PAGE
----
Upper School students had the opportunity to hear from writer, teacher, and Harvard doctoral candidate Clint Smith today as part of its ongoing Distinguished Speaker Series. A 2014 National Poetry Slam champion, Mr. Smith’s works—most recently published as a collection of poetry in Counting Descent—focus on the sociology of race and the history of inequality in the United States.* His two TED Talks, “The Danger of Silence” and “How to Raise a Black Son in America” have collectively been viewed more than 5 million times. On Jan. 25, 2017, Mr. Smith shared several of his poems, and the meaning behind them, with nearly 400 Upper School students and faculty in Ranney School’s Panther Hall.
His readings (video clip
), “Letter to Five of the Eight Presidents Who Owned Slaves While in Office,” “My Jumpshot,” and “What the Cicada Said to the Brown Boy,” among others, addressed the pedagogy of black parenting, bullying, and navigating what he called the “ever-present tension” of reckoning with dueling political truths. Mr. Smith provided examples to students of how America struggles with exceptionalism
, the latter of which he pointed out is often withheld from history books. For instance, he noted that the Civil Rights Movement—which lasted more than a decade—is often boiled down to the actions of Rosa Parks, Dr. Martin Luther King Jr.’s “I Have a Dream” speech, and the passing of The Voting Rights Act, and how the New Deal programs of the 1930s, praised for reshaping the American economy, did not extend full benefits to African Americans. “Oppression doesn’t disappear because we weren’t taught that chapter of history,” he said.
Mr. Smith explained his writings as “challenging what one may hold to be true historically, which in turn, challenges how people understand themselves.” This “existential crisis” ties directly to the current evolution taking place across the country—a country that is quite young in comparison to the rest of the world, he noted. “We are the pre-teens of the world, and are we are still working out what a noble democracy is.”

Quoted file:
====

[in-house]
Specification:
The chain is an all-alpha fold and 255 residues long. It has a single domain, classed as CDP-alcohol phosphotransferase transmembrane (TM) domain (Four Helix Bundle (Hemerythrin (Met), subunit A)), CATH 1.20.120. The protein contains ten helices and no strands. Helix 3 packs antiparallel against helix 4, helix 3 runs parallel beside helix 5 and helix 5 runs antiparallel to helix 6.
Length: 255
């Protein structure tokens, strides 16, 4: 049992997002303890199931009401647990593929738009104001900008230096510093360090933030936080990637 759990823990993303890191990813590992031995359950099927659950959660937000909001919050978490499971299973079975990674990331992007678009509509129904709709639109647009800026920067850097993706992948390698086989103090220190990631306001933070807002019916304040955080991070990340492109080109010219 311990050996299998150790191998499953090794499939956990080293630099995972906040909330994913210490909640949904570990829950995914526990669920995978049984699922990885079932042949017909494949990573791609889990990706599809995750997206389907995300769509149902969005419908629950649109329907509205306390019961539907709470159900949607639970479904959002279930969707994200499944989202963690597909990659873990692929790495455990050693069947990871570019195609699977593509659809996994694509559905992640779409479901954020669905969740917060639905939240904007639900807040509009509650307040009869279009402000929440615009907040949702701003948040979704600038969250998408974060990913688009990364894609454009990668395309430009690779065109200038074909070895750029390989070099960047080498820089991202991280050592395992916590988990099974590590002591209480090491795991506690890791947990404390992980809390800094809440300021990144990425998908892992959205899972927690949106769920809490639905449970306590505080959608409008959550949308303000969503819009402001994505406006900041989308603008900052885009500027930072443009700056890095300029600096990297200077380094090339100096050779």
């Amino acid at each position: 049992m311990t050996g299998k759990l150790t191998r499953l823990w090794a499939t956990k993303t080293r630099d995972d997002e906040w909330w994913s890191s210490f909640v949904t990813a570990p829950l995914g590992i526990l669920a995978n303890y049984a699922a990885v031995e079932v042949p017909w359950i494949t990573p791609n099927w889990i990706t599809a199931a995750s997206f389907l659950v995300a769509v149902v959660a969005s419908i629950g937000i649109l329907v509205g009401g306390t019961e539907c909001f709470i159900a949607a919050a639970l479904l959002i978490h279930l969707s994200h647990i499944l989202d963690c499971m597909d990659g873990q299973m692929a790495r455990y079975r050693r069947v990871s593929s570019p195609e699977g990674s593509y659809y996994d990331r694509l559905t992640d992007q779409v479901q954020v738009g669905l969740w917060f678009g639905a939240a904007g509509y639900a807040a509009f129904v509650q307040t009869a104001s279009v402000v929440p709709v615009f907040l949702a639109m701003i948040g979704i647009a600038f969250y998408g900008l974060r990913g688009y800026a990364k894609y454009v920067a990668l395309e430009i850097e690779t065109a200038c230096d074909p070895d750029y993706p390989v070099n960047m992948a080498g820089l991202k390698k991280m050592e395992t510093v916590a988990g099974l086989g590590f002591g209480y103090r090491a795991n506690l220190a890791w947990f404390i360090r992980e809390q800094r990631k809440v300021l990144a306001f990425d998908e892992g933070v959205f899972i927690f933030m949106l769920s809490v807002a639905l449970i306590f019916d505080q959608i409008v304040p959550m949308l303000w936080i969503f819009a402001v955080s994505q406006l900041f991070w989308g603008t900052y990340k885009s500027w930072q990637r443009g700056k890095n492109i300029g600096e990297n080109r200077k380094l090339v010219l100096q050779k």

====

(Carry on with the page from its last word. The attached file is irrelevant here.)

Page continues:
After the presentation, Mr. Smith took time to sign copies of his new book and to have lunch with a smaller group of students. He answered questions about his work on racial and social justice in the context of today’s sociopolitical climate, as well as about his writing methodology and the musicality of language. “The best way to become a strong writer is to be an avid reader,” and to be “empathetic,” he told students, encouraging them to read not only authors they may align with ideologically, but also those that take them outside of their comfort zones.
Ranney’s Distinguished Speaker Series is aimed at providing Upper School students with an opportunity to think forward and to grasp hold of traditional as well as new subjects through unique, personal, and international perspectives. Previous speakers have included world-record mountaineer Colin O' Brady, New Yorker Cartoonist Matt Diffee, and Teen Motivational Speaker Josh Shipp.
The school looks forward to hosting future speakers as part of this series—including actor/writer/educator Steven Tejada
on March 10, and Alix Generous
, a professional speaker, neuroscientist, author, tech consultant, and observational comedian with Asperger syndrome, on April 4—in addition to its spring Poet in Residence, Lois Marie Harrod
. Ms. Harrod will spend two weeks on campus this February and March conducting poetry workshops with Middle and Upper School English classes, as well as lunchtime workshops for creative writing and poetry groups. View a video clip with Clint Smith
*Clint Smith is also an Individual World Poetry Slam Finalist, a Cave Canem Fellow, a Callaloo Creative Writing Workshop Fellow, and has served as a cultural ambassador for the U.S. Department of State. His writing has been published in
The New Yorker, The Guardian, Boston Review, American Poetry Review, Harvard Educational Review and elsewhere. He is the recipient of the National Science Foundation's Graduate Research Fellowship and was named the Christine D. Sarbanes Teacher of the Year by the Maryland Humanities Council. His first full-length collection of poetry, Counting Descent (Write Bloody Publishing, September 2016) is a finalist for an NAACP Image Award. Read his full bio.